Demographic variables included age, racial/ethnic group, and household income. The child was considered to be "nonwhite" if the parent chose any ethnic category other than "white/Caucasian" (ie, black/African American, Asian/Pacific Islander, American Indian/Native American, Spanish/Hispanic, or other). We coded children as living in poverty if their household income was at or below 200% of the federal poverty level for their size household.
Controllers consisted of cromolyn sodium, nedocromil sodium, inhaled corticosteroids, and theophylline. (Few subjects reported theophylline use.) The use of leukotriene receptor inhibitors and salmeterol xinafoate was negligible. Relievers consisted of inhaled bronchodilators. For each class of medication, parents were asked if the child ever used medications in this class and, if so, how frequently he or she had used it in the past 4 weeks. In this article, we describe children's medication use during the preceding 4 weeks in terms of current regimen, medication-taking frequency, reliever dosing, and controller dosing.
Reliever dosing in the preceding 4 weeks was categorized as low (metered-dose inhaler use ≤2 days per week or 3-4 days per week [<5 puffs per day] or nebulizer use ≤4 days per week) or high (metered-dose inhaler use 3-4 days per week [≥5 puffs per day] or ≥5 days per week or nebulizer use ≥5 days per week). This definition of high reliever use was designed to include children taking albuterol sulfate in response to persistent asthma symptoms (using EPR-2 criteria), while minimizing the number of children taking albuterol before exercise.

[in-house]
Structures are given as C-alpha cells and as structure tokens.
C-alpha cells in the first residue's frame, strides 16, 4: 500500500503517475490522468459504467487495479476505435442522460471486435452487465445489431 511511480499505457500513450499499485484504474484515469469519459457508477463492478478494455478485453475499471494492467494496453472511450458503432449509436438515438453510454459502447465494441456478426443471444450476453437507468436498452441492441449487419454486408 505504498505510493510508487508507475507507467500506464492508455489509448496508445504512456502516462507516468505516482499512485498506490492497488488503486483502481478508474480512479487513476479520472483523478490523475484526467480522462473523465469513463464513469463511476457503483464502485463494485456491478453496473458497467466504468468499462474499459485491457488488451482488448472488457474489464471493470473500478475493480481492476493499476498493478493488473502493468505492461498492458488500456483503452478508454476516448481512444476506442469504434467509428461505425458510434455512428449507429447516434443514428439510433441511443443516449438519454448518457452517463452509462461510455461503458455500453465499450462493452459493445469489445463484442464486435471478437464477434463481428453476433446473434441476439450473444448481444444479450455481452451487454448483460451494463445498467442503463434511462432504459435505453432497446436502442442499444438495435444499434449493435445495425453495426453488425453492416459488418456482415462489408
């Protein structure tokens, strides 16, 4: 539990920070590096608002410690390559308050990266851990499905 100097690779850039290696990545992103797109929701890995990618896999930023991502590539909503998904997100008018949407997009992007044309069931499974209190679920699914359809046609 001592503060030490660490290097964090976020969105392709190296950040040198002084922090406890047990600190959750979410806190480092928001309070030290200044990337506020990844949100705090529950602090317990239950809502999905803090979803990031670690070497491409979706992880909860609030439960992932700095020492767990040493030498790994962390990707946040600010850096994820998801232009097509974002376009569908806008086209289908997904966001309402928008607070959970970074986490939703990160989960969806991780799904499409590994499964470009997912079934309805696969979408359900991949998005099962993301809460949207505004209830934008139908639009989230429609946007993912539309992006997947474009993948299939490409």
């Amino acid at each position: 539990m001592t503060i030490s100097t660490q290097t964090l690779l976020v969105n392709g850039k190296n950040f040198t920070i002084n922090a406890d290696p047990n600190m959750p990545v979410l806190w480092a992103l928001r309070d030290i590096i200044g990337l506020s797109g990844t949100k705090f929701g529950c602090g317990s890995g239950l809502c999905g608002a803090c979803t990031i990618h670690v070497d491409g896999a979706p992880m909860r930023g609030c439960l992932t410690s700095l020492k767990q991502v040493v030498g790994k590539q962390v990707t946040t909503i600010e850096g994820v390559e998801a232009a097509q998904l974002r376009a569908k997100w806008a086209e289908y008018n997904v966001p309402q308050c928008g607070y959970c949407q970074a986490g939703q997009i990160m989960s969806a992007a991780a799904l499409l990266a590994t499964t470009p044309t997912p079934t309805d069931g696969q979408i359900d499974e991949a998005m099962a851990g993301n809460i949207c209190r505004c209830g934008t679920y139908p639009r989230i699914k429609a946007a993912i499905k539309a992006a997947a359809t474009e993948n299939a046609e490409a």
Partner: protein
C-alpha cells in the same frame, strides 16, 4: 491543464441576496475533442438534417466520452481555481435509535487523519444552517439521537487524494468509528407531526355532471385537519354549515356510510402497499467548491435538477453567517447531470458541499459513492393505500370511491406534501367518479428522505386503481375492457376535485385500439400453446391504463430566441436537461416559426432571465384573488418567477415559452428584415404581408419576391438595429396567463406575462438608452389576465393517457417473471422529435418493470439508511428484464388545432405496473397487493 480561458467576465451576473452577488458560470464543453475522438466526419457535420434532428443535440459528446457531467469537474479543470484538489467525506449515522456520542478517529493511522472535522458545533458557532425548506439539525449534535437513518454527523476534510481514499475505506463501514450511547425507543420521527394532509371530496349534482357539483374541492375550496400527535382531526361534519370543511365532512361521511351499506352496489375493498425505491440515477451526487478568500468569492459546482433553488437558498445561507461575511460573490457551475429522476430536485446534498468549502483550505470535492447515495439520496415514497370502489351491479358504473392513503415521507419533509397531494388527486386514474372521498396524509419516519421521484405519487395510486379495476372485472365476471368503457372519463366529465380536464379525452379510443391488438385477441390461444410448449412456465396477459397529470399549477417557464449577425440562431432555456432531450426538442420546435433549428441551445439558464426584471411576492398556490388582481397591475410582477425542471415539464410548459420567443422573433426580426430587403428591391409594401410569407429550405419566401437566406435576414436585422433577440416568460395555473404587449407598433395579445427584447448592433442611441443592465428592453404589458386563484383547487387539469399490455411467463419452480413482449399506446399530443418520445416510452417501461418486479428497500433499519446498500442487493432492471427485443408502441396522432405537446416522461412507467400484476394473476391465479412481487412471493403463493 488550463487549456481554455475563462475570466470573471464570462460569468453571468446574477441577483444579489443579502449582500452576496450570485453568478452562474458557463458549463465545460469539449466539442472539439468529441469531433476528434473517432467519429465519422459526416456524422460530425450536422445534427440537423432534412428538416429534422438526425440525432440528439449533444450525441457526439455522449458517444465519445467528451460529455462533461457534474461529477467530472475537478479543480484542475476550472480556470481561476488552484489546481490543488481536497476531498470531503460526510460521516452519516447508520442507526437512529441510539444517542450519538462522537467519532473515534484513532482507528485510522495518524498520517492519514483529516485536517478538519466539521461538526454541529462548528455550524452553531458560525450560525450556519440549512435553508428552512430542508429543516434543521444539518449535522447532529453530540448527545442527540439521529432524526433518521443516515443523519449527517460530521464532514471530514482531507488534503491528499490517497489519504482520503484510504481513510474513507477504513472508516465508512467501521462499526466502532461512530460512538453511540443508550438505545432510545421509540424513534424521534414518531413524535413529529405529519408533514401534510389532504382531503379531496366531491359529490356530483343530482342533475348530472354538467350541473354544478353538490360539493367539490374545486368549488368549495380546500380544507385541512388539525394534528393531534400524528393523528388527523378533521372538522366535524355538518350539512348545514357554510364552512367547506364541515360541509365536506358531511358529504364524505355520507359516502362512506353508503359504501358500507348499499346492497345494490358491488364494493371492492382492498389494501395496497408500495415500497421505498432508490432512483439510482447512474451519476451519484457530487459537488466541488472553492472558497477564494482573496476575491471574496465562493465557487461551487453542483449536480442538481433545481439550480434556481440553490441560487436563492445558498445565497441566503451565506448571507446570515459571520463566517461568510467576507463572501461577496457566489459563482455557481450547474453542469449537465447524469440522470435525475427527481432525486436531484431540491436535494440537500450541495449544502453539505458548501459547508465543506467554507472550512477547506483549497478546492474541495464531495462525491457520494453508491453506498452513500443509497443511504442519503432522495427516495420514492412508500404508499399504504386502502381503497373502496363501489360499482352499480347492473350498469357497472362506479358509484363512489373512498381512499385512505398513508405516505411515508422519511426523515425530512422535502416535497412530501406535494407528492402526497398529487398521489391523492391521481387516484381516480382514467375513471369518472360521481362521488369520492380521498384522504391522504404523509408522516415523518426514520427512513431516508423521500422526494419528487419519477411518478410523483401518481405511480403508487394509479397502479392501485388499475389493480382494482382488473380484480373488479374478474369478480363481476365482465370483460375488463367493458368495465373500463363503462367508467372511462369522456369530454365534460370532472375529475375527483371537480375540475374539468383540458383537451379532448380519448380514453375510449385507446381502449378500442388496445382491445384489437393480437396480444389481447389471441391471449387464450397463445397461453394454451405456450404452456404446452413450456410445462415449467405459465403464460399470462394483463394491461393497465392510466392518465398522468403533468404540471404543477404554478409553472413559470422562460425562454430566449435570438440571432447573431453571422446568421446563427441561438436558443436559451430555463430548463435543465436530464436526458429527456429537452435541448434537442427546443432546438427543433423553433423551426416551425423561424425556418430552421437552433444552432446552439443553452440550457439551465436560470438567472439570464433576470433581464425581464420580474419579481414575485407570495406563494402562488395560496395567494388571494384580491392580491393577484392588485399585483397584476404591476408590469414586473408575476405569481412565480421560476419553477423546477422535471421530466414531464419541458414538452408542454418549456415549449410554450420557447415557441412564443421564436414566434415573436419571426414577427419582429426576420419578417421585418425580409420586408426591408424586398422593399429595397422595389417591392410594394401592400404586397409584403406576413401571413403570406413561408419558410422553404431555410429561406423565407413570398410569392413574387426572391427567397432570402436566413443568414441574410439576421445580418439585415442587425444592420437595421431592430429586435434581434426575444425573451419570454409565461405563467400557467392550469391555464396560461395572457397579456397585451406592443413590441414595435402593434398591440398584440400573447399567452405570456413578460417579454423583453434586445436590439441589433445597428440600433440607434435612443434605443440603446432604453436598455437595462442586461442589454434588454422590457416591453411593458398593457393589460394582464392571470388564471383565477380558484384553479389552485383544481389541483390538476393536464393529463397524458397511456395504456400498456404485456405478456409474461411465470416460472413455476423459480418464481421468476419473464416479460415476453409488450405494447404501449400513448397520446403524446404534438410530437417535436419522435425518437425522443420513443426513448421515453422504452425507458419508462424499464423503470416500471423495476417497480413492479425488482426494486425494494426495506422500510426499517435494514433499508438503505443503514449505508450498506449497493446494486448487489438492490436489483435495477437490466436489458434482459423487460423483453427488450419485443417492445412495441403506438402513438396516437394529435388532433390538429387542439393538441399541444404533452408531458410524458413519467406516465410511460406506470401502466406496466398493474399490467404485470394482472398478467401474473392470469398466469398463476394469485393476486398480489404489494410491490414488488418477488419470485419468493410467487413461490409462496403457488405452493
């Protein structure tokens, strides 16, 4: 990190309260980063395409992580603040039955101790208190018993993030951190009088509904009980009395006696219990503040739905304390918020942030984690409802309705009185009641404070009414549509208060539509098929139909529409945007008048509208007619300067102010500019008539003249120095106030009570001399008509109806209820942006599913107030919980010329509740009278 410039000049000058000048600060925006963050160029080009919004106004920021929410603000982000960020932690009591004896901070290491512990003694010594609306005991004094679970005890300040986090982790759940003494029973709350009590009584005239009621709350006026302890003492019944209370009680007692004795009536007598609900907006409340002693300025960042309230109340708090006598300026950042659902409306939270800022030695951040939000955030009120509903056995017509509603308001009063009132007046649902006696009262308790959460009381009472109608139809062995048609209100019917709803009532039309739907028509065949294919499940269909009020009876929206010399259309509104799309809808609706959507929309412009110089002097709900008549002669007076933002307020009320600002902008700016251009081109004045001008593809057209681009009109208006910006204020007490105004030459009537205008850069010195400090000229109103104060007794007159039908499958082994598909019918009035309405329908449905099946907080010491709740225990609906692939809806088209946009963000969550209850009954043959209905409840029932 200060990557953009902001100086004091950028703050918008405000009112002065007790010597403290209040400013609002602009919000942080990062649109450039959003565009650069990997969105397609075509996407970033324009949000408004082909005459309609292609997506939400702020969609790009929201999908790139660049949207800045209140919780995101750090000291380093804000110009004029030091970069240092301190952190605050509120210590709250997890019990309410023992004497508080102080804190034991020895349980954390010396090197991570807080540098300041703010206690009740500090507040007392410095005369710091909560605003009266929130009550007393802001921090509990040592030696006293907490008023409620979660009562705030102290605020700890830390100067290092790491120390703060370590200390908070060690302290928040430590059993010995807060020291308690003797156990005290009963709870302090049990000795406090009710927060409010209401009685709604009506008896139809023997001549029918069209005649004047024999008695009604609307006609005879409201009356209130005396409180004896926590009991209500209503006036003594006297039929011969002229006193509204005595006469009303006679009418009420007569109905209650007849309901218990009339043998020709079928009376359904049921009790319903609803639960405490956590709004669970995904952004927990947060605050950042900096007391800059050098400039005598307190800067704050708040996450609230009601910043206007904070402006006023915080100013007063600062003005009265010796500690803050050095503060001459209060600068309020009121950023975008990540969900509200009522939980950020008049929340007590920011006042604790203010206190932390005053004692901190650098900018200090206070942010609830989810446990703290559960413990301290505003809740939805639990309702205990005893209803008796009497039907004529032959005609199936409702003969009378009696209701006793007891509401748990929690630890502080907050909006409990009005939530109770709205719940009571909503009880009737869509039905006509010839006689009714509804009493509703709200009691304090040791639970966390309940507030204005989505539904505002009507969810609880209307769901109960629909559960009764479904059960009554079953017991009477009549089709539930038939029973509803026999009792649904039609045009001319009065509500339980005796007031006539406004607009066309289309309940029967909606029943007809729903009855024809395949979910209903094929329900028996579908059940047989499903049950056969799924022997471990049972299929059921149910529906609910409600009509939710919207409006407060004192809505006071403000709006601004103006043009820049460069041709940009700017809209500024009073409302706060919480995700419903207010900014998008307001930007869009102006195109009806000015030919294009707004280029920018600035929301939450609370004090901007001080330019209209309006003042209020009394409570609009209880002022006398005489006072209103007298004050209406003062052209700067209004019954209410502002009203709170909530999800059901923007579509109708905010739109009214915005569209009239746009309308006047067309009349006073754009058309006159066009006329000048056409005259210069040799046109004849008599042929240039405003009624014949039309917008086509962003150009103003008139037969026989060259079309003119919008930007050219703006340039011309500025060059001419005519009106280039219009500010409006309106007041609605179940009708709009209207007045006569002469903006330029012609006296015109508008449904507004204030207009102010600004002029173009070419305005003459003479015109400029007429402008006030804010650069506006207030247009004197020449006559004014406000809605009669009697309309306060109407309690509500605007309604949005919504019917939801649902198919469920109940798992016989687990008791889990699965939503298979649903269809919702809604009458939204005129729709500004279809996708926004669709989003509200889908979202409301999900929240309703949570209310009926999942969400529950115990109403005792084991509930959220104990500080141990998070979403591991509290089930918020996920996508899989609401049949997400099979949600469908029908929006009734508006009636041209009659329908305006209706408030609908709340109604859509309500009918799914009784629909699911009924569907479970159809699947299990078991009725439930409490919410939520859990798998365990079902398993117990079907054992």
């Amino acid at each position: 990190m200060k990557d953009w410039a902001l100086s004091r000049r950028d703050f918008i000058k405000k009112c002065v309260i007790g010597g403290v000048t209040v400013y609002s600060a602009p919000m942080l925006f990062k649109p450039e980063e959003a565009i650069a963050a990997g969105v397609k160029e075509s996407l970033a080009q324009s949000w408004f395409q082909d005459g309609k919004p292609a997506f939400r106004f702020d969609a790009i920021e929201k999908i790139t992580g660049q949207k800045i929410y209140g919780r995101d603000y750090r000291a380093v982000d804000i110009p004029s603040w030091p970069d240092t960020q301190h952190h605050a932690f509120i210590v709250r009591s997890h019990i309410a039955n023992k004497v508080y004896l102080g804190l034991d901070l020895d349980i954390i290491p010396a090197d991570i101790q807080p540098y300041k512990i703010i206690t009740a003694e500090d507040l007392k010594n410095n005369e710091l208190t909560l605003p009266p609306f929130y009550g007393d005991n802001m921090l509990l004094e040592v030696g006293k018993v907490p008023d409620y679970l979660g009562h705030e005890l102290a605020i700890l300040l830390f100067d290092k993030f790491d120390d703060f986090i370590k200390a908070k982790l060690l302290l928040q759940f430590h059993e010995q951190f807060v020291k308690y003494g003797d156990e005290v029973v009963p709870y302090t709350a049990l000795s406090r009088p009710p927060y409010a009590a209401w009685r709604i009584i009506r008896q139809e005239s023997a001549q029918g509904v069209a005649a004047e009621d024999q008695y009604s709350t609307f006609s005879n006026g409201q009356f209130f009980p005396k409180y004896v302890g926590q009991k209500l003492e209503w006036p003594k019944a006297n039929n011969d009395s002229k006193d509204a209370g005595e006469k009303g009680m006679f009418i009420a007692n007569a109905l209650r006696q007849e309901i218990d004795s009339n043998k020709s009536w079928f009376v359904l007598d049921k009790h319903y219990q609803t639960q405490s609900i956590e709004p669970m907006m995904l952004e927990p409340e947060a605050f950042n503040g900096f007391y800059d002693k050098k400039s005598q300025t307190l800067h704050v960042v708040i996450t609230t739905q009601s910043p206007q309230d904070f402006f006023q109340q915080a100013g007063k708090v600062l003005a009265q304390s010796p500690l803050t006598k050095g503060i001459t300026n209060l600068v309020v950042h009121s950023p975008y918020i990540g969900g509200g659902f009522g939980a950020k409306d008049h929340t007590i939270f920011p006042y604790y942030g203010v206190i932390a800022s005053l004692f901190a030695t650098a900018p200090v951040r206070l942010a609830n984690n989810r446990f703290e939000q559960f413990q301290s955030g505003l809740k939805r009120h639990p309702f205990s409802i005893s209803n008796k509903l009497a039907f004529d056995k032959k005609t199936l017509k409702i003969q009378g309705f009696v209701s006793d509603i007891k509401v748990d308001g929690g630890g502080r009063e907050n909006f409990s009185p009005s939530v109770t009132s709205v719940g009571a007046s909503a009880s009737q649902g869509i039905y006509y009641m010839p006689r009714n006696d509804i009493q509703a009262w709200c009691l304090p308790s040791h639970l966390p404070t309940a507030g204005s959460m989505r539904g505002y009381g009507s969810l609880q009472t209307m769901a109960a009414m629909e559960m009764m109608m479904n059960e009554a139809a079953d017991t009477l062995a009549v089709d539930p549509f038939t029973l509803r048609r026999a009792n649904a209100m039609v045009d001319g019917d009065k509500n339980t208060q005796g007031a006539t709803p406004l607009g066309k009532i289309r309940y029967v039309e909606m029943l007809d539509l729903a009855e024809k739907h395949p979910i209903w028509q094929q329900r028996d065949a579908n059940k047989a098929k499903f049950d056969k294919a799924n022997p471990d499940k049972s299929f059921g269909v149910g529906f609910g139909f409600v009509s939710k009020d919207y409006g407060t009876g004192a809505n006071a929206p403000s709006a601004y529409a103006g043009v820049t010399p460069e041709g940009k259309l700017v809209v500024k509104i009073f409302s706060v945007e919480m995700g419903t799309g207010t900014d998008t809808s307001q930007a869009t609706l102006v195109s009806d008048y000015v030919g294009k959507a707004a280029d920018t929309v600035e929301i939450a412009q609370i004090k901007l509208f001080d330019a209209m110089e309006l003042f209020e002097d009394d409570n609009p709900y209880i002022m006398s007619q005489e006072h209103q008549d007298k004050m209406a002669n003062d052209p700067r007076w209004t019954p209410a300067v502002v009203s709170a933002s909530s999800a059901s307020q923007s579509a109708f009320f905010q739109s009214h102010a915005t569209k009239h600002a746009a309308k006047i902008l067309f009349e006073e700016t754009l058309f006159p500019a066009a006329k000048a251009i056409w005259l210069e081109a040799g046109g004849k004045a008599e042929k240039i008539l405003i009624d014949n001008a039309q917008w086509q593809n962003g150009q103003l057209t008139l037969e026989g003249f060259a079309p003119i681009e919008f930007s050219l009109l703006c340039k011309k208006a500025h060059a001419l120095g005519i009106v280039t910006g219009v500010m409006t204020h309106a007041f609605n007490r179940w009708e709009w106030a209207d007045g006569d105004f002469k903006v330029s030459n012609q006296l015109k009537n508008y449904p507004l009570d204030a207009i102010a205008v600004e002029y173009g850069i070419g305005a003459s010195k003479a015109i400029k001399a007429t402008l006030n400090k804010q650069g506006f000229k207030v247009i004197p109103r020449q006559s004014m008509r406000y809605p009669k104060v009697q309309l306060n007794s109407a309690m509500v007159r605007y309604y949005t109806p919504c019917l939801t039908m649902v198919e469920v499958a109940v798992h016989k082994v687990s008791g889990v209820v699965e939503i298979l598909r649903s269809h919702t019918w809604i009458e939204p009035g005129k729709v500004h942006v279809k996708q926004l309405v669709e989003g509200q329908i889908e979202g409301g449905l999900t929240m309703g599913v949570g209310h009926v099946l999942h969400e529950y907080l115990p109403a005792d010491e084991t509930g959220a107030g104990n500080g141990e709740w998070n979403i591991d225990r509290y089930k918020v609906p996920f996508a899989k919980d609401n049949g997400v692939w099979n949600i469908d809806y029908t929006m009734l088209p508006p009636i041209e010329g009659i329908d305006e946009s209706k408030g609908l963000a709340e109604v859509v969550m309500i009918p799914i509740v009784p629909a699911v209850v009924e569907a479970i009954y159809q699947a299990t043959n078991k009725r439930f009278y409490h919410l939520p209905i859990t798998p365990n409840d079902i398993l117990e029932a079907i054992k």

Controller dosing in the preceding 4 weeks was considered to be appropriate if the parent reported inhaled corticosteroid use or cromolyn or nedocromil use 5 or more days per week. Underdosed was defined as inhaled corticosteroid or cromolyn or nedocromil use 4 or fewer days per week. A child using both classes of controllers was considered to be appropriately dosed if he or she met criteria for appropriateness in either class. Information on the prescribed number of doses per day was not available. Our definition of appropriate dosing was liberal in that we did not consider the number of inhalations and we classified children based solely on the number of days per week of reported medication use.